Harnessing wind energy to improve grain safety from aflatoxin contaminationEPA Grant Number: SU839285
Title: Harnessing wind energy to improve grain safety from aflatoxin contamination
Investigators: Adedeji, Akinbode
Current Investigators: Adedeji, Akinbode , Agbali, Francis , Cline, David , Mays, John , Omodara, Michael , Mahoney, Chase
Institution: University of Kentucky
EPA Project Officer: Page, Angela
Project Period: November 1, 2017 through October 31, 2018
Project Amount: $14,956
RFA: P3 Awards: A National Student Design Competition for Sustainability Focusing on People, Prosperity and the Planet (2017) RFA Text | Recipients Lists
Research Category: P3 Awards , Sustainable and Healthy Communities , P3 Challenge Area - Air Quality
We propose a technology development that would allow harnessing of wind energy for improved agricultural products (especially grain) safety through efficient drying in order to curb contamination from aflatoxin, a very potent mycotoxin.
Our goal is to design and construct a wind turbine that will allow generation of forced air for use in a solar dryer or local storage bin to increase rate of heat transfer and moisture removal during drying. Aflatoxin has been identified as a major cause of sickness and death in animal and human, which in turn impact agricultural production and subsequently economic growth. This project embraces the basic concepts of EPA P3 Award program by integrating sustainable generation of energy to reduce food contamination risk and increase prosperity of people in aflatoxin prone areas like sub-Saharan Africa. Aflatoxin contamination is a common occurrence in seed crops like cereals and legumes (e.g. corn and peanut) when the conditions (moisture content, relative humidity and temperature) are favorable. This is particularly a major issue in developing countries like sub-Saharan Africa where incidents of aflatoxin contaminated grains have resulted in wasting (stunted growth of children), liver cancer, immune suppression and in some cases death. Food and Agriculture Organization (FAO) estimated that about $1.2 billion is lost in global commerce due to aflatoxins, of which Africa loses the most ($450 million) because of market reject of their grains. Aflatoxin is produced by a group of mold/fungus called Aspergillus, and these molds/fungi grow when seed crops are not properly dried and stored. Solution to high moisture content is quick and efficient drying of grains and this require significant amount of energy. Because of lack of capital for modern drying system, the commonest form of drying is solar drying, which comes in various forms and shape. Solar dryers in themselves increase solar energy harvest but depend mostly on natural convection for heat transfer. Introduction of forced-air in solar dryer will increase drying and moisture removal rates, and subsequently a reduction in incidents of aflatoxin contamination. Our objectives are to design and construct a wind turbine from low cost materials for wind energy channeling for grain drying purpose; to test the efficacy of the system under various weather conditions; and to perform economic analysis to prove the affordability of the system.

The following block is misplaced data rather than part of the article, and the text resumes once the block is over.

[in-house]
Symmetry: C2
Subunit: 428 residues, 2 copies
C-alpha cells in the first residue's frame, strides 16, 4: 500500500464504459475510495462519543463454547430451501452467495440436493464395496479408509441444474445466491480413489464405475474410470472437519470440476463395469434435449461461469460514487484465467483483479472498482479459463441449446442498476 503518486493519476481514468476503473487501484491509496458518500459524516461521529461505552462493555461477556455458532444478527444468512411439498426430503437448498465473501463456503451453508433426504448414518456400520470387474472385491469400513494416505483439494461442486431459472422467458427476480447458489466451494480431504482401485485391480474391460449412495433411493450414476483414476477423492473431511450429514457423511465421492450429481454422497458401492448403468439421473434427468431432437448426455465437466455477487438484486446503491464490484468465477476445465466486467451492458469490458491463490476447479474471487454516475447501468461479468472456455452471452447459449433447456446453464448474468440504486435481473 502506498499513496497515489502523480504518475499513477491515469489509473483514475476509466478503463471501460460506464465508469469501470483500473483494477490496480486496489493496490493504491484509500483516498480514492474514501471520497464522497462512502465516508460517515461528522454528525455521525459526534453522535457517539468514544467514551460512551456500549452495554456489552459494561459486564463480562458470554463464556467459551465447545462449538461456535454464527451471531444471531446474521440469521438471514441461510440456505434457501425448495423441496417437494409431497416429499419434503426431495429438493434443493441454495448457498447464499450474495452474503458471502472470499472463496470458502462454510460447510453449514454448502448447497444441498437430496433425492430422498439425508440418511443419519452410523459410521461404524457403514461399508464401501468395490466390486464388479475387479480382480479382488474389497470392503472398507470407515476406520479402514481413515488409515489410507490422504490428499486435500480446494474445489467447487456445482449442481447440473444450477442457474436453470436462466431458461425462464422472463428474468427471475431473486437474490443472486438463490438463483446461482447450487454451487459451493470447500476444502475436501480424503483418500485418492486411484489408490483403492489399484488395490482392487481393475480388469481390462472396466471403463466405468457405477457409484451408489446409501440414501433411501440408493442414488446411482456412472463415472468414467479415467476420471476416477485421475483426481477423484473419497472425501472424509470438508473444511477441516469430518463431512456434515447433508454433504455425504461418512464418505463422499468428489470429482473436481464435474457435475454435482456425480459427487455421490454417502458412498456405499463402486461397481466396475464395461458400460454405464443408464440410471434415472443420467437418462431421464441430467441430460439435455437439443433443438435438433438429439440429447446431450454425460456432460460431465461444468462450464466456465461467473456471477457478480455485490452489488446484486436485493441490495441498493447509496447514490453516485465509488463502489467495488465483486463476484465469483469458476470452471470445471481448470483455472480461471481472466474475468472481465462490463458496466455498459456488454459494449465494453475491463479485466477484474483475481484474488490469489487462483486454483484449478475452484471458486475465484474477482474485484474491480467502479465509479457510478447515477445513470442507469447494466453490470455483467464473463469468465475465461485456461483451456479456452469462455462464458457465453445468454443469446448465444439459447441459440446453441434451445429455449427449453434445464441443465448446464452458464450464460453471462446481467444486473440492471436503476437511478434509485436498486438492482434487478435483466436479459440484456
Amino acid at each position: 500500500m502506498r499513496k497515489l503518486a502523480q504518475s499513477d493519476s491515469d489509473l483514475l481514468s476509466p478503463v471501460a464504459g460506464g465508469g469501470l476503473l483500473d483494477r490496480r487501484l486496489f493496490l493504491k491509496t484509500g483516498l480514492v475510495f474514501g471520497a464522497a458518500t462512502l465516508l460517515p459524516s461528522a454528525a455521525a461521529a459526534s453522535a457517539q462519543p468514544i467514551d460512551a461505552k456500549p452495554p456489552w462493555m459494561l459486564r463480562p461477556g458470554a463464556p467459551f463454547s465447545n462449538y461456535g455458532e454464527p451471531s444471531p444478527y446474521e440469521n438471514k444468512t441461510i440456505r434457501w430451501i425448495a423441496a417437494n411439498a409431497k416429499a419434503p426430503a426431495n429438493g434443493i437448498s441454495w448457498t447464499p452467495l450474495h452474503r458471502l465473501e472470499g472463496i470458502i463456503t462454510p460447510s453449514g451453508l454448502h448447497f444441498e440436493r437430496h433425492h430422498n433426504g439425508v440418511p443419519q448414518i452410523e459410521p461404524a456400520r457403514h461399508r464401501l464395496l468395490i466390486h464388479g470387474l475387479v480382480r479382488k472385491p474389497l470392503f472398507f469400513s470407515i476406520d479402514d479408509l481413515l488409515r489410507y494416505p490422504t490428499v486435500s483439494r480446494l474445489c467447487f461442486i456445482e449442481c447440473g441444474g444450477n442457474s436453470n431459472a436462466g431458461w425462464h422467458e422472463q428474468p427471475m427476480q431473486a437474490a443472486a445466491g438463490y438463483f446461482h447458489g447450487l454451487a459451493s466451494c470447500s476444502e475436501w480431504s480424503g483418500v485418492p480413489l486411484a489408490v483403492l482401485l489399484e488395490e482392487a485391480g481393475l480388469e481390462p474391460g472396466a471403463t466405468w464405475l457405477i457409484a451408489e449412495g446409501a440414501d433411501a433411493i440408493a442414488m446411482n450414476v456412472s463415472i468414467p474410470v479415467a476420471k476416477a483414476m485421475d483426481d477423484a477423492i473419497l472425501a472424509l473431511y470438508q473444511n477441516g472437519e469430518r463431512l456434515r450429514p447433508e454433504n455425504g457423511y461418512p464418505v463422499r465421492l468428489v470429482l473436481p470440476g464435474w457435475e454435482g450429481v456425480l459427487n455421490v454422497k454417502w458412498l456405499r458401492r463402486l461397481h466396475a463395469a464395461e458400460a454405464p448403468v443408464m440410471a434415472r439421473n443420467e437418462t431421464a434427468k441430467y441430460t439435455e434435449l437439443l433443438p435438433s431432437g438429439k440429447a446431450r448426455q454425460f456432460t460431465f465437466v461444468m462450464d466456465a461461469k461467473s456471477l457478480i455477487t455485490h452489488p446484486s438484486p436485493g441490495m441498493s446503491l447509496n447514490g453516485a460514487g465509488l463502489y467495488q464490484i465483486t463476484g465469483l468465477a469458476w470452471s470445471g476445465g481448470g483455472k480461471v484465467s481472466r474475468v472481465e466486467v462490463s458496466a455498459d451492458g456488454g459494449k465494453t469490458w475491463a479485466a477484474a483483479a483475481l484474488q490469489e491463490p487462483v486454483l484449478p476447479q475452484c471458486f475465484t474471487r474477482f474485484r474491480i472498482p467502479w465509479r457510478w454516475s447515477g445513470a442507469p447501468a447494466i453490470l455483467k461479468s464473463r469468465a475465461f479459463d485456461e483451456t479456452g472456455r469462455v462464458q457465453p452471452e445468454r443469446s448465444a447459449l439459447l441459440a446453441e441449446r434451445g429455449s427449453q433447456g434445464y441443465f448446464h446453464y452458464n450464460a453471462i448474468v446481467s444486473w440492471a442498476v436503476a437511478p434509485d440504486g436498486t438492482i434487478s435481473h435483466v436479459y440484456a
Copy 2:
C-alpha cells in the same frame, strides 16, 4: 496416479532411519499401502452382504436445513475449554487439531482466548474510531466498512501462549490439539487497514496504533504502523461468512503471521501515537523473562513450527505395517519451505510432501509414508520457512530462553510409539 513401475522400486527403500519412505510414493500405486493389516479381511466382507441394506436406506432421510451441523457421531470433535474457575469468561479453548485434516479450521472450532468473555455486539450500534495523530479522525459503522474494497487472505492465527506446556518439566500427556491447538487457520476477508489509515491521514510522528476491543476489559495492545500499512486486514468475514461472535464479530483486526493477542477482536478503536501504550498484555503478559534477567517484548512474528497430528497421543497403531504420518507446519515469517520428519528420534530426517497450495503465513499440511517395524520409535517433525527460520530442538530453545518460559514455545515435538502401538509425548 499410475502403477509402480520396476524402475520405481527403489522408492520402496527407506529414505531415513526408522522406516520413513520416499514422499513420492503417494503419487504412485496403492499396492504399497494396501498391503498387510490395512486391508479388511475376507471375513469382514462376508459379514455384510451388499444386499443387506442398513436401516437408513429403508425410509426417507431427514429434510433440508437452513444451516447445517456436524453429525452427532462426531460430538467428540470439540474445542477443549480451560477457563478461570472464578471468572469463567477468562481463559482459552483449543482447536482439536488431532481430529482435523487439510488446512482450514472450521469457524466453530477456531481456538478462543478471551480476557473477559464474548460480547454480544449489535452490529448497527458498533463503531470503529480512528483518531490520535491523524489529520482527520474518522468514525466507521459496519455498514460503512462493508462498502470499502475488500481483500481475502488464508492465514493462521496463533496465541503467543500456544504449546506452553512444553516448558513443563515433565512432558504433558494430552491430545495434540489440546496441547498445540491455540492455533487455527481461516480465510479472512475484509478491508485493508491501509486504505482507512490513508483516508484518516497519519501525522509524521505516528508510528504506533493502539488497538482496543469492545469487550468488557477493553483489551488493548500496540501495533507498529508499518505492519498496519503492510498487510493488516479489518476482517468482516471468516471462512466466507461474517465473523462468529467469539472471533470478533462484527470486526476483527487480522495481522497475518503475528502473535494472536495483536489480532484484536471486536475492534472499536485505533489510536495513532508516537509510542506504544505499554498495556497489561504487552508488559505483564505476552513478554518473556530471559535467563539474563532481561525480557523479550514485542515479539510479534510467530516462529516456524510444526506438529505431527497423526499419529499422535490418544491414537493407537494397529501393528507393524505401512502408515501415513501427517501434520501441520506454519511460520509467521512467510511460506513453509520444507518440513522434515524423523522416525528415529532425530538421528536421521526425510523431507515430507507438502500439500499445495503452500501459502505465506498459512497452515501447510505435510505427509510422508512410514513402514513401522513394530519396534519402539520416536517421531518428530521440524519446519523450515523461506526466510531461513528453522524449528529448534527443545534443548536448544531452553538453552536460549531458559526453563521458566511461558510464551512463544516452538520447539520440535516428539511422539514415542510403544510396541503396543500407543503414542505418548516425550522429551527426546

The interdisciplinary team of students for this project will integrate use of wind turbine made from cheap and affordable materials with variable gear system to harness wind energy for forced-air generation, which will be channeled for drying of agricultural products in a solar dryer and/ grain storage bin. The team will design a prototype which will incorporated into a simple solar dryer design and tested for efficiency here in the US. If we are funded for phase II, the lead student/team member will conduct a trial at various farms located all over Nigeria, his home country in order to prove the effectiveness of the technology for practical field application. So, most of the design considerations at this stage will factor in situation obtainable in Nigeria, which is a good example of a sub-Saharan country needing help in grain safety assurance.
Our output will be a prototype wind turbine system that can be incorporated into a lab scale dryer or small size storage bin for forced convective air drying of agricultural products, especially seed crops like grains. The direct impact of the project is anticipated to lead to higher drying rate which will shorten the time required to dry grains under the most unfavorable conditions, and in turn a significant reduction in aflatoxin contamination in seed crops during the supply chain and storage. Through this sustainable technology development, we anticipate an increased market reach of grain for farmers through maximum return from high quality and safe grains sold locally and internationally, which in turn can help bridge economic gap among rain farmers in developing countries. This project will provide learning opportunity for University of Kentucky students involved on the subject of sustainability, appropriate green engineering design and solution to food and energy need.